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Addressing Violence: Religious Resources for Conflict Resolution -- Ladakh 2010

A Buddhist Muslim dialogue on the topic “Addressing Violence: Religious Resources for Conflict Resolution” was held at the Mahabodhi International Meditation Center (MIMC) in Leh/Ladakh, India from June 28-30, 2010. This dialogue was the 12th in a series of dialogues organized by the Global Family for Love and Peace ( and the Museum of World Religions, this time in collaboration with the Mahabodhi Center ( and its founder, Ven. Sanghasena Mahathera.

The series was initiated soon after 9/11 by Dharma Master Hsin Tao, founder and abbot of the Wu-sheng Monastery and founder of the Museum of World Religions in Taiwan. The dialogues seek new perspectives of Buddhist and Muslim co-operation in facing the challenges brought on by political, religious, economic and ecological crisis of the 21st century.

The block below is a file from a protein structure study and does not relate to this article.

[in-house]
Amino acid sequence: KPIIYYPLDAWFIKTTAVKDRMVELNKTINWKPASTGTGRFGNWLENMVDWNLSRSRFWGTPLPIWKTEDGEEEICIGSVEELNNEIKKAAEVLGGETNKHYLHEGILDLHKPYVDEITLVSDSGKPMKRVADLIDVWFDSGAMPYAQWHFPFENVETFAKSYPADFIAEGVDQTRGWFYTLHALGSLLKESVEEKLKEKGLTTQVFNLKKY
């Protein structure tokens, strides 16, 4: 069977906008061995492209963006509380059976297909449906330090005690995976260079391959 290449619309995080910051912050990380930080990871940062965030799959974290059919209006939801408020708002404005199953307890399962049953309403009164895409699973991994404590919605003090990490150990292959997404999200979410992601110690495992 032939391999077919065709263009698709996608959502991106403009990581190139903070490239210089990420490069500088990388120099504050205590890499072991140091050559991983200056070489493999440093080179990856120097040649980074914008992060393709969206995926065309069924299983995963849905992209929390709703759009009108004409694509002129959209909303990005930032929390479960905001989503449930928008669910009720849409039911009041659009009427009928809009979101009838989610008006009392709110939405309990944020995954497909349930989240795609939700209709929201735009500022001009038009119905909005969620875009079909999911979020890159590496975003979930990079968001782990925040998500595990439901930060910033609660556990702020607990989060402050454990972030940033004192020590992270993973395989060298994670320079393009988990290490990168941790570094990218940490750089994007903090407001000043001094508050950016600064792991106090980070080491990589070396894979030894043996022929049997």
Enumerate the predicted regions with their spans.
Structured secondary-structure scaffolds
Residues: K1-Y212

The dialogue in Ladakh consisted of three panels addressing the following topics: 1) Aspects of Buddhist-Muslim relations in History and Present Times 2) Buddhist and Muslim Vision for Global Peace 3) Tasks and Challenges for our Contemporary World Since the arrival of Islam in Ladakh at the end of the 14th century, Buddhists and Muslims there have maintained a predominantly non-conflictual kind of co-existence, both communities deeply connected by intermarriages and cultural ties. But political and economic tensions that led to a boycott of Muslim businesses by the Buddhists in the 1980s still have repercussions today. Nevertheless, Ladakh is regarded as a model of peaceful co-existence and cooperation between the religious communities, very different from the neighboring crisis region, Kashmir.


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